Diesel slow running

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I had a great sail this Sunday on a boat that had a Ford Watermota engine. Considering the engine is 20 years old it runs a treat but when ahead/astern is selected to give minimum revs, the engine stalls. Tickover is set at about 700 rpm (guess as there is no tachometer).

My understanding is that the added load should cause the governor to inject more fuel so that the engine speed is maintained. Am I right and is the problem likely to be the governor? If so is it a case of simple adjustment or something more drastic? Ideas welcomed!

Tom
 
G

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My watermota prop is of the fully pitching variety. If the pitch is to great in forward the blades are nearly in sailing position,if thisis the case it will stall the engine.Try getting full revs in neutral and then gently ease her into gear.
 

oldharry

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The governor in the injector pump sets the correct fuel/air ratio of diesel to the injectors for throttle setting and speed, but does not compensate for a drop in speed applying a load except to ensure the fuel air ratio remains correct. Either the tickover speed is set too low, or the engine is overpropped, or a bit of both. That is assuming that there are no problems in the transmission causing excessive drag, such as an overtight inboard gland.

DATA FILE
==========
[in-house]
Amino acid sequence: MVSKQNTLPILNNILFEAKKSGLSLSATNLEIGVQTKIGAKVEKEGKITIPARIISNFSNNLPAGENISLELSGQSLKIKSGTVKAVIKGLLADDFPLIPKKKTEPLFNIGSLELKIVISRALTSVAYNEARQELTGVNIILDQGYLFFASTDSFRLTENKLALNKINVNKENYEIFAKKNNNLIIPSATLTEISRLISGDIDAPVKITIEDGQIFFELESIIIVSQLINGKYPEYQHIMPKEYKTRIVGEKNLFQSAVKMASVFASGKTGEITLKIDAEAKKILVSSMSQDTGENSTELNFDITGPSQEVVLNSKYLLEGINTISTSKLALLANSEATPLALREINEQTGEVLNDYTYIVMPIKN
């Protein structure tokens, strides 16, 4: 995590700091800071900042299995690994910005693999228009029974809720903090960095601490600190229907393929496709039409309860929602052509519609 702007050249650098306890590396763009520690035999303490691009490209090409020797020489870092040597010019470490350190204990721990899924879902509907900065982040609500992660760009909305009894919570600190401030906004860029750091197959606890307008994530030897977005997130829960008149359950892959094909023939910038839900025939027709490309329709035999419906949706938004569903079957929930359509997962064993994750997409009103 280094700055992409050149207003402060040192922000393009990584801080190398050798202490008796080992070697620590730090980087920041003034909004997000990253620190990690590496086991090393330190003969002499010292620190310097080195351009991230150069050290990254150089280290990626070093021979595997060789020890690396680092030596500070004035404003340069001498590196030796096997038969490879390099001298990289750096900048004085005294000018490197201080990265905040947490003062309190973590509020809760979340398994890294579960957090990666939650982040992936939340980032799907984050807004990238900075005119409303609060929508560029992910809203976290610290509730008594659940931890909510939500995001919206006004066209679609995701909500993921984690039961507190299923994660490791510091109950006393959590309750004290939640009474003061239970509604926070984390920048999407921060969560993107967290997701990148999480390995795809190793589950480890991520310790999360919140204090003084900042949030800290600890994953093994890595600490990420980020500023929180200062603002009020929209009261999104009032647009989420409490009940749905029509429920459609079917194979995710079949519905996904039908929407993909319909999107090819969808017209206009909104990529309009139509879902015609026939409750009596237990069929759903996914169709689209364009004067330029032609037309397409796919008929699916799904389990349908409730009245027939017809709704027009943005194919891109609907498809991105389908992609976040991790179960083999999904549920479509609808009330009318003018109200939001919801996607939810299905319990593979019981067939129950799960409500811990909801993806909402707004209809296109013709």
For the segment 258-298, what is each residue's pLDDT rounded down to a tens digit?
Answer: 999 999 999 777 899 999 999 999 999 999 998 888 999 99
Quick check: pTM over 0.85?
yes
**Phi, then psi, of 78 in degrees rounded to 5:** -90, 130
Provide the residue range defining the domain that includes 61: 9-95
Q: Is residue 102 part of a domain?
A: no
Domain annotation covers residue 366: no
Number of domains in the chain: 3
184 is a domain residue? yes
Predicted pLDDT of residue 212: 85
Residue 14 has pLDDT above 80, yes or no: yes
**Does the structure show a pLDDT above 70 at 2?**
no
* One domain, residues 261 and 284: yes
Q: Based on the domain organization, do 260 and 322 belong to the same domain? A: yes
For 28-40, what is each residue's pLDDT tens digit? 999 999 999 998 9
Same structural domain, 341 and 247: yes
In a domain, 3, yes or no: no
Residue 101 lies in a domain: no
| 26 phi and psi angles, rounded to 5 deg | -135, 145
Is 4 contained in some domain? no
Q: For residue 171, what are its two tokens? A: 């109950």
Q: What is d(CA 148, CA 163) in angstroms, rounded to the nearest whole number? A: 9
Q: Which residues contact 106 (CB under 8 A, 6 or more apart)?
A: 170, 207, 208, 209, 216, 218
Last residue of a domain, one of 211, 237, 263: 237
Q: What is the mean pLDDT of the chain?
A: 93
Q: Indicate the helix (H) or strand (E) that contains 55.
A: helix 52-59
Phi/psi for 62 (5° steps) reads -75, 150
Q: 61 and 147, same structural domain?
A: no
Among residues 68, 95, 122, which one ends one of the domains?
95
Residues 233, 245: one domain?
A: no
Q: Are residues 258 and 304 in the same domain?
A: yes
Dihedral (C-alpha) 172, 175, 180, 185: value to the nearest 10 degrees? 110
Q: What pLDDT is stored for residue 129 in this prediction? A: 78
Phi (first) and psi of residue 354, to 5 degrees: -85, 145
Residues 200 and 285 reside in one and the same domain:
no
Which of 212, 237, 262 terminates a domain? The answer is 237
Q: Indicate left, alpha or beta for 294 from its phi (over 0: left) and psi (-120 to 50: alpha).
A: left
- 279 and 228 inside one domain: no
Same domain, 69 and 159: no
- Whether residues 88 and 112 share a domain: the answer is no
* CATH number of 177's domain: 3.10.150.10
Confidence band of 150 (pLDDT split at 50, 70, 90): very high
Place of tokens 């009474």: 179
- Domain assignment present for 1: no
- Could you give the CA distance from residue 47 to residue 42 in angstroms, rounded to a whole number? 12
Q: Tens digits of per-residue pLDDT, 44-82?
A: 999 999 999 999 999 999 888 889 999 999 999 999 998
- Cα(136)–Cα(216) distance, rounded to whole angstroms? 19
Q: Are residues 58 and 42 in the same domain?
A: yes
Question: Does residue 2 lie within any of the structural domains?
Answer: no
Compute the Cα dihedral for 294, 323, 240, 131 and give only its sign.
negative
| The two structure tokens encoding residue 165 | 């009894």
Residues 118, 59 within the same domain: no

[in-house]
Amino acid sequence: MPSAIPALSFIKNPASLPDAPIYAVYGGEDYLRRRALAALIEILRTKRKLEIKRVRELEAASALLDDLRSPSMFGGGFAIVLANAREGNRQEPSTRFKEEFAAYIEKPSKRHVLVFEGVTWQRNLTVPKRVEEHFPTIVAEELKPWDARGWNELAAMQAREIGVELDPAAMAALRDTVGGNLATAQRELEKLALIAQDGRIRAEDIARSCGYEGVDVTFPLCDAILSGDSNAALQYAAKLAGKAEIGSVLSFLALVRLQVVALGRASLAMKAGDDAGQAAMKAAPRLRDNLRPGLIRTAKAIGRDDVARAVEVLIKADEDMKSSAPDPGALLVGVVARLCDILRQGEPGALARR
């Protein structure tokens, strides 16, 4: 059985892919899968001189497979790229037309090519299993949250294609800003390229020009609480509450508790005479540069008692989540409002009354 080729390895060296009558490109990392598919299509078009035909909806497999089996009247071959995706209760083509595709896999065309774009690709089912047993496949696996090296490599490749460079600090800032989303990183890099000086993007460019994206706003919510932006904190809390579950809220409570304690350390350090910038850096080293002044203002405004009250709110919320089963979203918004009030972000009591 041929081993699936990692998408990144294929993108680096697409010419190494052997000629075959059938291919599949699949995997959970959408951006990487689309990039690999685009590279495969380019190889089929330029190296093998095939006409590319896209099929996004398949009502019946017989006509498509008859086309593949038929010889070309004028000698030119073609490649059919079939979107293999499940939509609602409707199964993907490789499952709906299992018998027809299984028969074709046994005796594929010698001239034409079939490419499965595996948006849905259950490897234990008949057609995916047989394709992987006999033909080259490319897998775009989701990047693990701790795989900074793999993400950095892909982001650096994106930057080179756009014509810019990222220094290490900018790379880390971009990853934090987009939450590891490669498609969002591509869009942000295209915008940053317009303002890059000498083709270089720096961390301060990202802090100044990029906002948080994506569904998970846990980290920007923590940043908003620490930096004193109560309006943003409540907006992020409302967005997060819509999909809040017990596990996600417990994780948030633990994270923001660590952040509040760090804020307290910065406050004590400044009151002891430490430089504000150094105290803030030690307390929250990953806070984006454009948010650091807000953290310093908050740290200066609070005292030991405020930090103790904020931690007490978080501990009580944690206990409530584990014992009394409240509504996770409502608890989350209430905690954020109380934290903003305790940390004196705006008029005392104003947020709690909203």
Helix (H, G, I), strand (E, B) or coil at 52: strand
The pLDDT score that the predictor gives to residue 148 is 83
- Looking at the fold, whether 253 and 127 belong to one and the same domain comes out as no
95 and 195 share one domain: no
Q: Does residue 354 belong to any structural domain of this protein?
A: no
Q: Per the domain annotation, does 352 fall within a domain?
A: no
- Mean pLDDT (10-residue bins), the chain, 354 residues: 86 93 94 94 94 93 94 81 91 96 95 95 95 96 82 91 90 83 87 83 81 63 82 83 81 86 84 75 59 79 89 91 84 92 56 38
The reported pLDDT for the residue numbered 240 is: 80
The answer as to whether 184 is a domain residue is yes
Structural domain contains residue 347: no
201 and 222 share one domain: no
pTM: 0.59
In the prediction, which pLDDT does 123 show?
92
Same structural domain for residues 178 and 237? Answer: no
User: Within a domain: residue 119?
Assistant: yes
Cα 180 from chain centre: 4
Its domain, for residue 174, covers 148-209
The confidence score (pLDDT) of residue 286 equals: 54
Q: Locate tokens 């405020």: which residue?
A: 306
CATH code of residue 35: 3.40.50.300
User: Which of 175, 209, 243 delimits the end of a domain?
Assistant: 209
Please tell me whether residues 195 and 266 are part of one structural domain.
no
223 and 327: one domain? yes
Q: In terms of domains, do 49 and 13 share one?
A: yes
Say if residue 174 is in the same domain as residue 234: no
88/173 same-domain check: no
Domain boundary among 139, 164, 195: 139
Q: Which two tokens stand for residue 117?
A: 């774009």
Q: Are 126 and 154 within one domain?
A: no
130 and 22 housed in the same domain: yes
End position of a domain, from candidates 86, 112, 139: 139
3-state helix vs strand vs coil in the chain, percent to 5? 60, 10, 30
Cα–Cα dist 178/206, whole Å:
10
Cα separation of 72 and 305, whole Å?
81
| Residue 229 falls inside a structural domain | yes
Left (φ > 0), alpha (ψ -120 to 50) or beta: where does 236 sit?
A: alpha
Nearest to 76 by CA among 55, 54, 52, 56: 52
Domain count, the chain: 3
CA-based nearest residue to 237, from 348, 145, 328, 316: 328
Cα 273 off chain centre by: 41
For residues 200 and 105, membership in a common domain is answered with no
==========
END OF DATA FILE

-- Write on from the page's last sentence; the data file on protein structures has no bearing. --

Check the shaft is rotating freely - you should just be able to turn it by hand. If all appears well there, set the tickover high enough for the engine not to stall when gear is engaged. If the off load speed is then too high, there is a problem somewhere either within the engine itself (injector timing, low cylinder compression, injectors faulty etc) or the gearbox is part seized and creating excessive load when engaged.

If the engine is overpropped, i.e. over size, or too coarse pitch, then having set tickover to keep running in gear the boat will take off at possibly 2 or 3 knots on tickover, and will be a pig to handle at close quarters manoevering! Solution then is to get on to a Marine engineering expert like Lancing Marine or Norris's for advice on optimum propsizes for that engine and boat.
 
G

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On my diesel(s) they do have a governor as you suggest and the throttle sets the desired RPM which the governor attempts to maintain. As the linkages get older, however, they develop a little slop so the RPM error has to be a little more in order to get it to respond. This results in the often heard cycling at idle - rrumph - rrumph - rrumph as the engine speeds up, the throttle cuts back but not quite soon enough, then overshoots, the RPM gets too low, and the governor speeds it up again.

There is usually not a great deal you can do, depending on the engine. The simplest is to raise the idle RPM a little to cover the slack. Some governors have a "sensitivity" adjustment to improve (or decrease) response but you will need a shop manual to find and adjust it.

tech@yandina.com
 
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